The George Walker Bush Highway in Accra, popularly referred to as the N1, has claimed more than 300 lives and injured over 1,800 people in six years, TV3’s latest documentary has revealed.
Titled ‘Dangerous Highway’, the 30-minute documentary by award-winning journalist Portia Gabor looks at how the road, commissioned six years ago, is claiming the lives of Ghanaians.
The 14.1 km six-lane highway that links the Tetteh Quarshie Interchange to Mallam Junction was constructed at a cost of 175 million dollars from the US government as part of the 500-million dollar Millennium Challenge Account
The project was initiated in 2008 by President John Agyekum Kufuor and completed in 2012 under the late President John Evans Atta Mills.
Pedestrians who use the highway complain the few footbridges on the highway are far apart, making crossing difficult. Thus, they will rather risk their lives crossing the road at unauthorized points.
Kwame Asamoah tells Portia “majority of us cross the N1 from where the traffic light is, which is very dangerous…so I think if they could probably bring it a little closer. A lot of people died on the N1 because with the traffic, you just have to run”.
The highway does not make provisions for people with special needs. They always have to cross the road either at the pelican crossing or use the pedestrian footbridges, which are not disability friendly.
‘Hmmm…me talking about the difficulty is like when I’m climbing the staircase I have to get support from the metal guard that they have used before I climb the staircase. So when I finish climbing it and I get to the top, I feel very, very tired and my body feels very painful”, Timothy Hayford, a person with disability narrated his ordeal to Portia.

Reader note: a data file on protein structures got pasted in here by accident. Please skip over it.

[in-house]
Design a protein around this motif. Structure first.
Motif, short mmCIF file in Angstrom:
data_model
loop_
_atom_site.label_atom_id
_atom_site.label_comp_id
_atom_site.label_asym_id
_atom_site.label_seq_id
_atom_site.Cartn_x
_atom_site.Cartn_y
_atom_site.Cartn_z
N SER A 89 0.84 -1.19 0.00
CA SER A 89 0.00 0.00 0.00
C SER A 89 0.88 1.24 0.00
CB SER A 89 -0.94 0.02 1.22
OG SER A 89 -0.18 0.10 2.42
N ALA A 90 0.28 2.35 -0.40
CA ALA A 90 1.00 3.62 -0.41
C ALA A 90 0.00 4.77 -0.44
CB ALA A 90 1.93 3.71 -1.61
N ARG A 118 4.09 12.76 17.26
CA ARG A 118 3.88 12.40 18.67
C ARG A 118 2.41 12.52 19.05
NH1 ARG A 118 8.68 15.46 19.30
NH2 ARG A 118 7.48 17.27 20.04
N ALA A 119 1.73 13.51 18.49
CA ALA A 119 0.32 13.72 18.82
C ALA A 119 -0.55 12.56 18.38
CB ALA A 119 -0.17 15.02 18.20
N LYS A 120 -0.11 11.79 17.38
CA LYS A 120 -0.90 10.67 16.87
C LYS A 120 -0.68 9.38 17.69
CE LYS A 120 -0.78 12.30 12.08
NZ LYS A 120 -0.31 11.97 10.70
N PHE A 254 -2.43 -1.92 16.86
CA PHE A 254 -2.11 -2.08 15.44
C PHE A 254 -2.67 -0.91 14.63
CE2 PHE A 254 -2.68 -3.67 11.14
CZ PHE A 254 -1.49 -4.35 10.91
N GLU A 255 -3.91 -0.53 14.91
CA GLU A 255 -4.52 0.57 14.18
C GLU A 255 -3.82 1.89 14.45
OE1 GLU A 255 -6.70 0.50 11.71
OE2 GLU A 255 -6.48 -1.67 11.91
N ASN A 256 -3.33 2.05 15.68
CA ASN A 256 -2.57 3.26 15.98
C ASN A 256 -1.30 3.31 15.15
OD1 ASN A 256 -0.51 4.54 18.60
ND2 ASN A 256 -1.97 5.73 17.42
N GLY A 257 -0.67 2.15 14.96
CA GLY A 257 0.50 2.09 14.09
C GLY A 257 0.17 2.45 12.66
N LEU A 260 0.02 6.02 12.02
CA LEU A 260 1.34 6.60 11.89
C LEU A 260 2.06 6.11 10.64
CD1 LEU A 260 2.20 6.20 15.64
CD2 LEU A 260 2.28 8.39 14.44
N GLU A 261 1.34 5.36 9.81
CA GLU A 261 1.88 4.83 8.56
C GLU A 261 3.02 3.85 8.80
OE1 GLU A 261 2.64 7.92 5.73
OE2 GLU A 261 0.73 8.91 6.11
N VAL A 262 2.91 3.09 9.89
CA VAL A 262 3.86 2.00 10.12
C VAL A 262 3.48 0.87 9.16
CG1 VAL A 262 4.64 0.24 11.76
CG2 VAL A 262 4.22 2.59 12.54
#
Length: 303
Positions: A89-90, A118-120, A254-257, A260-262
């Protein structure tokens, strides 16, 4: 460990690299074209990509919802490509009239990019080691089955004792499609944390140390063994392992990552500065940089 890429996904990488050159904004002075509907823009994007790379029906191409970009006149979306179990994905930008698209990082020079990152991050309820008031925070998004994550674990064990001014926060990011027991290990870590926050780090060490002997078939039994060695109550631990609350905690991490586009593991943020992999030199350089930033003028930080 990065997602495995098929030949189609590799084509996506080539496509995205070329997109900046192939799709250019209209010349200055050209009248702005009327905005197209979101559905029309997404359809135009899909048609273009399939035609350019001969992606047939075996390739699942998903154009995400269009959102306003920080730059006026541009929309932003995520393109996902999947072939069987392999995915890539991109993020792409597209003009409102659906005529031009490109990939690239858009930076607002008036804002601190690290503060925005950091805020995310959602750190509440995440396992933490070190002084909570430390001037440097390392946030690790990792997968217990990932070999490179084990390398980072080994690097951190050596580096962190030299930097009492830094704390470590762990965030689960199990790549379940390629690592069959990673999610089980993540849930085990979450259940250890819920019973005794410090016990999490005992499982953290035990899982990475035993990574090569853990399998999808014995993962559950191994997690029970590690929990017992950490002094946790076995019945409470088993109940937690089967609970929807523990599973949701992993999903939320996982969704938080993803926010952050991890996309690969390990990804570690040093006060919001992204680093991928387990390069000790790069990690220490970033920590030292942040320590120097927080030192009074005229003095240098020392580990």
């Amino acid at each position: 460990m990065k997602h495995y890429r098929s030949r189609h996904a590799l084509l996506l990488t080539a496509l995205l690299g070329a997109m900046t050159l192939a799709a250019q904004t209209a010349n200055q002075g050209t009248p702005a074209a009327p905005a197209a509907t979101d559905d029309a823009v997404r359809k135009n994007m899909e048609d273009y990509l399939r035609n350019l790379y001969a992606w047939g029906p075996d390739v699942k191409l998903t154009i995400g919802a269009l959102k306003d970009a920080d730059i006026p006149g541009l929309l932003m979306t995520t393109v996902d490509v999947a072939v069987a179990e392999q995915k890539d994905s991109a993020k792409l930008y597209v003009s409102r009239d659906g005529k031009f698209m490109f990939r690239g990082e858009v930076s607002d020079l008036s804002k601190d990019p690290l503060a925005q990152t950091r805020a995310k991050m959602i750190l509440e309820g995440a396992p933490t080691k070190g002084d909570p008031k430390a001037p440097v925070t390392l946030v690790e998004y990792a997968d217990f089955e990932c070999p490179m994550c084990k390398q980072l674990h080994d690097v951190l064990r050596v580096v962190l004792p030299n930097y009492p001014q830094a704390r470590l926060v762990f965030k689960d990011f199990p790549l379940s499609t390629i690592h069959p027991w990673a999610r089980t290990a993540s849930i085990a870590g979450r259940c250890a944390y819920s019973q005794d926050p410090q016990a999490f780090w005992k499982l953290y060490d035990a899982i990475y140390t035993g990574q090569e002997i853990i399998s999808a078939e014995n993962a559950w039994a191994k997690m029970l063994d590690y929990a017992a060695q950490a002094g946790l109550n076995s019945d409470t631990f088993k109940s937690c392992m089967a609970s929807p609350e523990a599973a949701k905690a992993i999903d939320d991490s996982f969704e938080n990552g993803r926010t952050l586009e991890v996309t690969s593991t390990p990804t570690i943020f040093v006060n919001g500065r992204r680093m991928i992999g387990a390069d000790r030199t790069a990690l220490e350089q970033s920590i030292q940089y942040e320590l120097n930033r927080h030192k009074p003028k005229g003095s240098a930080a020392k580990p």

In July 2017, the Member of Parliament for Okaikoi Central, Patrick Yaw Boamah petitioned the Ministry of Roads and Highways for more footbridges on the highway.
“I reminded the new minister for highways that his predecessor came to parliament, made lots of promises to the extent that they attributed their inability to fix those infrastructure on the highway as a result of the World Bank or IMF Programme which I have my doubts because you cannot have this carnage on your highway and attribute it to the IMF. They will rather come to your aid because it is a humanitarian issue,” he told Portia.
Director of Communications at the National Road Safety Commission , Kwame Kodua Atuahene, admits that the major challenge of the highway have to do with “safety audit concerns” and that they have since 2012 taken the pain to engage all stakeholders in mitigating the menace.
Watch the full documentary
By P.D Wedam|3news.com|Ghana